I recently came across this video that some talented person made of a study I conducted on wealth inequality a few years back with Mike Norton. It does a great job covering the main findings regarding the differences between what Americans think the distribution of wealth is (somewhat even), what they would prefer (more even than socialist Sweden), and how wealth is actually distributed (the bottom 40% of Americans possessing less than 0.3% of total wealth, the top 20% possessing 84%). The graphs, and a longer explanation, are also available here.
The only thing I wish he emphasized a little more is how similar the results were for Democrats and Republicans, which I found very hopeful. Even with all the ideological polarization in Washington, the moment we ask the question of ideal wealth distribution in a general and less self-interested way, we seem to be a country that cares a lot about each other.
The Upside of Irrationality has been released today in paperback! To celebrate this occasion, I will be releasing videos over the next few months — each discussing one of the chapters.
Here is a look into the introduction:
p.s I just learned that the world is going to end on May 21, so if you want to get the book, do it quickly (and pay with a credit card).
This is a short video from a talk I gave on June 7th at the Booksmith in SF.
The question here, is who cheats more and who cheats less….
Before you watch the video, think about a country that you have family or social links to (not the US) and ask yourself if people in that country cheat more or less than Americans.
A) People in that other country cheat more than Americans
B) Americans cheat more than the people in that other country
Next, try to predict if you think that bankers cheat more than politicians or if politicians cheat more than bankers.
C) Bankers cheat more than politicians
D) Politicians cheat more than bankers
Now if you don’t mind post your 2 answers to Twitter together with the name of the country that you have selected. Please use my username (@danariely), and I will collect the responses from Twitter.
Now, you can watch the video and get the answers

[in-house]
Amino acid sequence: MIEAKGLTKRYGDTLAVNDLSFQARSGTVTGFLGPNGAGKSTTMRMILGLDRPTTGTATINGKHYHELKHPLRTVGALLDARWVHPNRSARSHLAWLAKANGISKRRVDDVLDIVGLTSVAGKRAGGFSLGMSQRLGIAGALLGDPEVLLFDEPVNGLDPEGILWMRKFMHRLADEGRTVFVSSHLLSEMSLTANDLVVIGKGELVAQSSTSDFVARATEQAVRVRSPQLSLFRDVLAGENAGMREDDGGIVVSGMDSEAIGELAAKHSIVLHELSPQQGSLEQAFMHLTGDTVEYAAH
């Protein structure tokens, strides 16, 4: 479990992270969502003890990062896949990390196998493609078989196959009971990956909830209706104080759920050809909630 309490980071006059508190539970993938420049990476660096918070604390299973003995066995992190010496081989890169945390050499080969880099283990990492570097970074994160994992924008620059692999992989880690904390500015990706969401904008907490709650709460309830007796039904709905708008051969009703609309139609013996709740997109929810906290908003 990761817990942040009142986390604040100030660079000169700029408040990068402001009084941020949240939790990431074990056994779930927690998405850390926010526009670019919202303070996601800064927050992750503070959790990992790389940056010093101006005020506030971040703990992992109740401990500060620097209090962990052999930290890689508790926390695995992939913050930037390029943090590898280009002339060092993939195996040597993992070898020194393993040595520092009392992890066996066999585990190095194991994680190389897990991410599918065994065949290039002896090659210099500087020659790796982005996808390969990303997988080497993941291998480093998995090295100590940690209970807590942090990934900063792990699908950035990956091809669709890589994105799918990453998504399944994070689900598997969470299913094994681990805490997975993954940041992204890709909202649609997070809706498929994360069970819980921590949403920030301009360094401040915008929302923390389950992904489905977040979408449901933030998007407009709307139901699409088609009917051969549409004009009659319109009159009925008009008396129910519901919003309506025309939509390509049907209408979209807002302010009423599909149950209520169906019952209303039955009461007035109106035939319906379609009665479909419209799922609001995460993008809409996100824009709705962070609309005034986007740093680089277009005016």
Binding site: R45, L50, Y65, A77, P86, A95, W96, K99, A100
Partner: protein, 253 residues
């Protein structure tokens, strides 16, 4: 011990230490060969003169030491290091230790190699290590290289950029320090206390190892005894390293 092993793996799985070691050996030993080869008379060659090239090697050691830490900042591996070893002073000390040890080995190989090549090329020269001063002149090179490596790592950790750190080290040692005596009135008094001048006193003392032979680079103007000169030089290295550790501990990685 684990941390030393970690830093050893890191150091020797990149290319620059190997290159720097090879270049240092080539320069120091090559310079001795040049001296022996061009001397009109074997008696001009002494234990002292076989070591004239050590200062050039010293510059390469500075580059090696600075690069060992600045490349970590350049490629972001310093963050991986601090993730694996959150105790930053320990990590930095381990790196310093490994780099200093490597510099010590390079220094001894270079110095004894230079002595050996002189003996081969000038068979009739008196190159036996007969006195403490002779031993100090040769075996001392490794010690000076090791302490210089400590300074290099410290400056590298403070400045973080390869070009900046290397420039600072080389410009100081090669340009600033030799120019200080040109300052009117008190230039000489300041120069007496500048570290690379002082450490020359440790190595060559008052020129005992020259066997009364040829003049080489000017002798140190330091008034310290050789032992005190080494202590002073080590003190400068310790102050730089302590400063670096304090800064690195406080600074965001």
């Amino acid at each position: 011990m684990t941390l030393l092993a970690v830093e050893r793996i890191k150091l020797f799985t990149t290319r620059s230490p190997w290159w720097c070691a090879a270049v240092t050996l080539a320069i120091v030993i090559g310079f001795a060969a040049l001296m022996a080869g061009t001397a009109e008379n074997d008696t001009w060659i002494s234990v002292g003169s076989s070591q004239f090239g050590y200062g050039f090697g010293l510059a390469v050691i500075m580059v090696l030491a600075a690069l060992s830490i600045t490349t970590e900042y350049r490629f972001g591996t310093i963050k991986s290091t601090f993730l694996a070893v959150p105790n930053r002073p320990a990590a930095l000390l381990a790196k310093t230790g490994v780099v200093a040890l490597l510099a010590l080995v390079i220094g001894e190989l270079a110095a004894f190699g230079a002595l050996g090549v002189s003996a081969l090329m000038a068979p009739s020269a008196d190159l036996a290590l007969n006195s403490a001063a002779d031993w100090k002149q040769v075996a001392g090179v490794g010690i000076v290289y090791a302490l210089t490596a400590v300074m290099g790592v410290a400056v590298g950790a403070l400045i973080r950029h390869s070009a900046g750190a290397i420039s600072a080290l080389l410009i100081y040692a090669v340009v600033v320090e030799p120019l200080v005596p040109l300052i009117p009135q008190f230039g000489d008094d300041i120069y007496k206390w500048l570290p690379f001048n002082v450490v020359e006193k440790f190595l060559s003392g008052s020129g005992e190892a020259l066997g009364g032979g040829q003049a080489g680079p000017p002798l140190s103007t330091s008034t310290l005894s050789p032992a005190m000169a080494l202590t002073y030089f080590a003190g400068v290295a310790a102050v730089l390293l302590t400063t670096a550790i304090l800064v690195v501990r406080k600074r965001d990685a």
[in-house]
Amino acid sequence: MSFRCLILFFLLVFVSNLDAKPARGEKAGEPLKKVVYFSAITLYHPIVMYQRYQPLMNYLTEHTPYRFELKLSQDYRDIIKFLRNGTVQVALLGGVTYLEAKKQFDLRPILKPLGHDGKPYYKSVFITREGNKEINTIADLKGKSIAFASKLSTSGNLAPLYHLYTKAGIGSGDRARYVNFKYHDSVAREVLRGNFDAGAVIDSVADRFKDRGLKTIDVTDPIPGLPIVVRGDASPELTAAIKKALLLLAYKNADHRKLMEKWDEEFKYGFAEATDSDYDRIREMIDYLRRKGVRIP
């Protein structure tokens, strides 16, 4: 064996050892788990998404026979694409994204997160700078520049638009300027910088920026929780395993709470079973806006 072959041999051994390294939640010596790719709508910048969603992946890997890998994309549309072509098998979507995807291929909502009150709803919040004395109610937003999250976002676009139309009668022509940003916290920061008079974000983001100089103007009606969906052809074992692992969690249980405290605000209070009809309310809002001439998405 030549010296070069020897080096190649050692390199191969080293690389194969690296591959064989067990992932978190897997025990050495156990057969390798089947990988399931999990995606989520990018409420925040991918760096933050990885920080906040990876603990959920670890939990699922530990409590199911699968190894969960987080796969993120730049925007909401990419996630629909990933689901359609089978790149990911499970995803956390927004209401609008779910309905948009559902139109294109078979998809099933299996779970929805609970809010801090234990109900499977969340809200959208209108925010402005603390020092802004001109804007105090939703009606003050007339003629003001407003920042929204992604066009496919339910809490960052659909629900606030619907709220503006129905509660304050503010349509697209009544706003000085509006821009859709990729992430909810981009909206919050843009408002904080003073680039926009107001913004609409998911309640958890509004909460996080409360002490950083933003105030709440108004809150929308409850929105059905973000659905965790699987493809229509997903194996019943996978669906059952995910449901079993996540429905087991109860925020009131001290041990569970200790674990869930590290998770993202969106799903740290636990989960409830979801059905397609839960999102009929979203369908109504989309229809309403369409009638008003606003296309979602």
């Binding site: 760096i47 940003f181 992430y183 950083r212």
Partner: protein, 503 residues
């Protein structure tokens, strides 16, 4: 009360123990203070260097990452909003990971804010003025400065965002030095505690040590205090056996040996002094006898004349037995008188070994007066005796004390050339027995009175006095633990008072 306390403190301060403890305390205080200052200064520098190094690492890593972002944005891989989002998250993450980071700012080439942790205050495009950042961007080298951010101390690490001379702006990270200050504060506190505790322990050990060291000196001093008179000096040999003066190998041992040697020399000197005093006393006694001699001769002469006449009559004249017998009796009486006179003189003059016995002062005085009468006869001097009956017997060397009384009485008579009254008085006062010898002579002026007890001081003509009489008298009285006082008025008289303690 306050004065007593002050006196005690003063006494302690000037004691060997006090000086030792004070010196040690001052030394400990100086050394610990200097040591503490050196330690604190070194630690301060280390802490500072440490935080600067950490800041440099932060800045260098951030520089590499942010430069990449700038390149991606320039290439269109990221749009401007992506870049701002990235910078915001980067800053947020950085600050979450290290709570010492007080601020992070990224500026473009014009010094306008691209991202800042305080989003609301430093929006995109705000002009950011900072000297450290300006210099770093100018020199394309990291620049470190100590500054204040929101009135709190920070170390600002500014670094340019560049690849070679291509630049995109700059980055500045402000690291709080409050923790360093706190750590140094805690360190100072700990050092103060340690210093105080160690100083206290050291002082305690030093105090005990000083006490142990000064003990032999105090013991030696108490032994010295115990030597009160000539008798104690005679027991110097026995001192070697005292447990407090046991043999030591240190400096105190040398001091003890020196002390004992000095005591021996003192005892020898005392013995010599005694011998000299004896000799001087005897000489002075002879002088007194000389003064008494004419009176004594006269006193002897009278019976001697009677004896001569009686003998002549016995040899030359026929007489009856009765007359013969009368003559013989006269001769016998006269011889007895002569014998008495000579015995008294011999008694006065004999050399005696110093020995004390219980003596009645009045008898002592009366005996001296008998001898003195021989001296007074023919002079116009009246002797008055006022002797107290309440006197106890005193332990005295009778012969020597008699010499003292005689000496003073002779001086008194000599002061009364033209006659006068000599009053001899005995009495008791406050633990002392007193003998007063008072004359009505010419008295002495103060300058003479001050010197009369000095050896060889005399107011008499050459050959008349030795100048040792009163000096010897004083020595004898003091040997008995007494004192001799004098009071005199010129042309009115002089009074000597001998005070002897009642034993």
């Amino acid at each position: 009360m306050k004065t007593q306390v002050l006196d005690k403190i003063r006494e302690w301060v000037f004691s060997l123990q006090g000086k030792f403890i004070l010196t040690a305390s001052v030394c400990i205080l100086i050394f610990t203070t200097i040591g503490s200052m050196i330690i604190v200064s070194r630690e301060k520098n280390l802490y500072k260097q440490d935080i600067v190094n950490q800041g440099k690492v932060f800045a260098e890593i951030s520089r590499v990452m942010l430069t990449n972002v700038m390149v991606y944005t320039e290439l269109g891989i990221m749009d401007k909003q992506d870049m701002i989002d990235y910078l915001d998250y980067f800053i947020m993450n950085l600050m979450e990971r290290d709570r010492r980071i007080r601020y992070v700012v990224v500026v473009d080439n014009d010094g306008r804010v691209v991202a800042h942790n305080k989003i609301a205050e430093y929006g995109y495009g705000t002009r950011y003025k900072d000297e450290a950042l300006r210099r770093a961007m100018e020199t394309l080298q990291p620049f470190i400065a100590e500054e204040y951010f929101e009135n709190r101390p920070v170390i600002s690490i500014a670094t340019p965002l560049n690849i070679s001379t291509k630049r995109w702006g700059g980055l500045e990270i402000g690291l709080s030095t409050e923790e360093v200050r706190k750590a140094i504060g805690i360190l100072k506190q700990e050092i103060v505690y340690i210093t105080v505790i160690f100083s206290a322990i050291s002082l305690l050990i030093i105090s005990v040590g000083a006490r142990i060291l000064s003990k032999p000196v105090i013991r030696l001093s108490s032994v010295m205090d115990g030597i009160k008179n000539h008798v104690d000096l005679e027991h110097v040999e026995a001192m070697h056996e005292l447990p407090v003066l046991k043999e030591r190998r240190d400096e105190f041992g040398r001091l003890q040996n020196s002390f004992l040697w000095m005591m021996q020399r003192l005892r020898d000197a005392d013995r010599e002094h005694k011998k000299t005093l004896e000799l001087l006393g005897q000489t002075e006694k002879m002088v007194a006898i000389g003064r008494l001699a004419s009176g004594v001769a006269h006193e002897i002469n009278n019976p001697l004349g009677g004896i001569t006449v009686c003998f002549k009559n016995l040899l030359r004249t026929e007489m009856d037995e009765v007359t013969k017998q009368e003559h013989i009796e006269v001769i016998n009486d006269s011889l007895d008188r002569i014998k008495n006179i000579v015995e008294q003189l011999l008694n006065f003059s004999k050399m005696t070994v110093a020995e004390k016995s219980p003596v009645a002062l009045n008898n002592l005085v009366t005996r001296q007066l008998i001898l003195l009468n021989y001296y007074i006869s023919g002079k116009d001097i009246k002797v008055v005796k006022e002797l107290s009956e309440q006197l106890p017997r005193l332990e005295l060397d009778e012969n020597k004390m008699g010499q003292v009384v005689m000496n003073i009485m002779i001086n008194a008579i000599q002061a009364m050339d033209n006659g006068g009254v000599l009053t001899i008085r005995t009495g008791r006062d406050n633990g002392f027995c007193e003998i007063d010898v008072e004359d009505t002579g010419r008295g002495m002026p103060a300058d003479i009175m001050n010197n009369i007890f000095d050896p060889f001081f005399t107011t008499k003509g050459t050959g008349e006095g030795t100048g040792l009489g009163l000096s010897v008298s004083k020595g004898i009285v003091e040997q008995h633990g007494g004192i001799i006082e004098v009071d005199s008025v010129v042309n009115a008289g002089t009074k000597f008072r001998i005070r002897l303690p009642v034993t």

I got this suggestion from Thomas Aedy in Eton College in the UK:
The final for Britain’s Got Talent was on Saturday June 30th and this final was very interesting because it involved 3 choices, 2 of which were very similar, and 1 of which was different. In our show, viewers have to vote in by telephone on the night of the show for a winner to be decided, and there was some shock when the favorite (Susan Boyle – a singer) didn’t win, and lost out to one of two dance groups (Diversity were the winners, Flawless were the other dance group) – whilst the dance group were very good, most people thought that the singer would edge win.
I think this is a case of relativism:
Option A – Singer – Susan Boyle who was generally regarded (before the final) as the favorite contender for the win
Option B – Dance group – Diverstiy
* Probably the better of the two dance groups – more creativity and flair, and possibly more entertaining
* That is largely my view, although their victory in the competition would suggest that they were the better of the two dance groups
Option B’ – Dance group – Flawless
* Also a very talented dance group, but more straightforward dancing – not very many surprises from them
* We could view them as the ‘dud’ choice of the two (although this is somewhat harsh)
* Frankly impossible to judge who were the best of all three – all of them were very talented, but it is impossible for most viewers to try and think whether Option B was better than Option A (comparing singing and dancing)
* However, on the night, it is fair to say that Option B was better than Option B’
* Thus whilst most found it impossible to establish who was better of A and B – it was clear that B was better than B’, and this made it easier to select an overall winner (which would be Option B)
In my mind this could be seen as an example of relativism
Very best wishes,
PS: YouTube videos of the 3 acts if you’re interested.
I did not watch this show — but I find the idea plausible and interesting.